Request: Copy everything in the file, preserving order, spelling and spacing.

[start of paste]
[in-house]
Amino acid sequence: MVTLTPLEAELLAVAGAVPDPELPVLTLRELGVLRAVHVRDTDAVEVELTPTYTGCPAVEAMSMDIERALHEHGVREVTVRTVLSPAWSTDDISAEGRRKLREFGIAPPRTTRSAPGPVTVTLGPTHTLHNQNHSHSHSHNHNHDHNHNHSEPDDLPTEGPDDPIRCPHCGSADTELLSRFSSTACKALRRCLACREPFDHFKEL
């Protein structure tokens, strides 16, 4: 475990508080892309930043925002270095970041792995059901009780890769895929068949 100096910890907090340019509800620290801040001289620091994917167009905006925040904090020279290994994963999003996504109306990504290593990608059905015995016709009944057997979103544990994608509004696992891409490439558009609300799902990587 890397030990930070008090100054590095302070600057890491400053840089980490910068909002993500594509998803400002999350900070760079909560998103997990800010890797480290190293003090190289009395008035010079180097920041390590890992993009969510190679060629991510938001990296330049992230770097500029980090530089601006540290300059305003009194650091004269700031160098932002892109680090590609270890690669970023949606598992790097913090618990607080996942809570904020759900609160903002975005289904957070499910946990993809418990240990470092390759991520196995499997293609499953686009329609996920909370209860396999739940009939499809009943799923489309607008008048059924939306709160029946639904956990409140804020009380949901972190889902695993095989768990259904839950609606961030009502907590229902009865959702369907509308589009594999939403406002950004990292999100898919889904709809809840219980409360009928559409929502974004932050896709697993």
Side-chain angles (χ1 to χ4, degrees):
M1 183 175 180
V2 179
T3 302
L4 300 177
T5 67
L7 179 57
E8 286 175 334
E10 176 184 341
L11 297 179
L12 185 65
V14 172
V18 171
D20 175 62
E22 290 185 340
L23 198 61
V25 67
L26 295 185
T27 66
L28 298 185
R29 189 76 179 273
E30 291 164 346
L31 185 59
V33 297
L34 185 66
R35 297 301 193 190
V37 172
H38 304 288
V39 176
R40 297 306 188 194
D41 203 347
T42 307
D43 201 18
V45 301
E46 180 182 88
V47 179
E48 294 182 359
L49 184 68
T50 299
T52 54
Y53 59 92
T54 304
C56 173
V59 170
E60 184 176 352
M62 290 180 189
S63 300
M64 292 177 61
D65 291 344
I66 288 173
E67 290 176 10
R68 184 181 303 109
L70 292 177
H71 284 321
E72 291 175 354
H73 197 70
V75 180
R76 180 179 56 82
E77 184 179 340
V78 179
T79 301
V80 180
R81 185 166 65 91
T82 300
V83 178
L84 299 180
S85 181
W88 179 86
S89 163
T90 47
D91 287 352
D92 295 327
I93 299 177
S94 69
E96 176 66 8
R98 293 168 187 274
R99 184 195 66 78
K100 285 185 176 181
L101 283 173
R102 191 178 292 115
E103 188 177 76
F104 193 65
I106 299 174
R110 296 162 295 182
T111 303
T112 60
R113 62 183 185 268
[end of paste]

[in-house]
Amino acid sequence: MVTLTPLEAELLAVAGAVPDPELPVLTLRELGVLRAVHVRDTDAVEVELTPTYTGCPAVEAMSMDIERALHEHGVREVTVRTVLSPAWSTDDISAEGRRKLREFGIAPPRTTRSAPGPVTVTLGPTHTLHNQNHSHSHSHNHNHDHNHNHSEPDDLPTEGPDDPIRCPHCGSADTELLSRFSSTACKALRRCLACREPFDHFKEL
């Protein structure tokens, strides 16, 4: 475990508080892309930043925002270095970041792995059901009780890769895929068949 100096910890907090340019509800620290801040001289620091994917167009905006925040904090020279290994994963999003996504109306990504290593990608059905015995016709009944057997979103544990994608509004696992891409490439558009609300799902990587 890397030990930070008090100054590095302070600057890491400053840089980490910068909002993500594509998803400002999350900070760079909560998103997990800010890797480290190293003090190289009395008035010079180097920041390590890992993009969510190679060629991510938001990296330049992230770097500029980090530089601006540290300059305003009194650091004269700031160098932002892109680090590609270890690669970023949606598992790097913090618990607080996942809570904020759900609160903002975005289904957070499910946990993809418990240990470092390759991520196995499997293609499953686009329609996920909370209860396999739940009939499809009943799923489309607008008048059924939306709160029946639904956990409140804020009380949901972190889902695993095989768990259904839950609606961030009502907590229902009865959702369907509308589009594999939403406002950004990292999100898919889904709809809840219980409360009928559409929502974004932050896709697993």
Side-chain angles (χ1 to χ4, degrees):
M1 183 175 180
V2 179
T3 302
L4 300 177
T5 67
L7 179 57
E8 286 175 334
E10 176 184 341
L11 297 179
L12 185 65
V14 172
V18 171
D20 175 62
E22 290 185 340
L23 198 61
V25 67
L26 295 185
T27 66
L28 298 185
R29 189 76 179 273
E30 291 164 346
L31 185 59
V33 297
L34 185 66
R35 297 301 193 190
V37 172
H38 304 288
V39 176
R40 297 306 188 194
D41 203 347
T42 307
D43 201 18
V45 301
E46 180 182 88
V47 179
E48 294 182 359
L49 184 68
T50 299
T52 54
Y53 59 92
T54 304
C56 173
V59 170
E60 184 176 352
M62 290 180 189
S63 300
M64 292 177 61
D65 291 344
I66 288 173
E67 290 176 10
R68 184 181 303 109
L70 292 177
H71 284 321
E72 291 175 354
H73 197 70
V75 180
R76 180 179 56 82
E77 184 179 340
V78 179
T79 301
V80 180
R81 185 166 65 91
T82 300
V83 178
L84 299 180
S85 181
W88 179 86
S89 163
T90 47
D91 287 352
D92 295 327
I93 299 177
S94 69
E96 176 66 8
R98 293 168 187 274
R99 184 195 66 78
K100 285 185 176 181
L101 283 173
R102 191 178 292 115
E103 188 177 76
F104 193 65
I106 299 174
R110 296 162 295 182
T111 303
T112 60
R113 62 183 185 268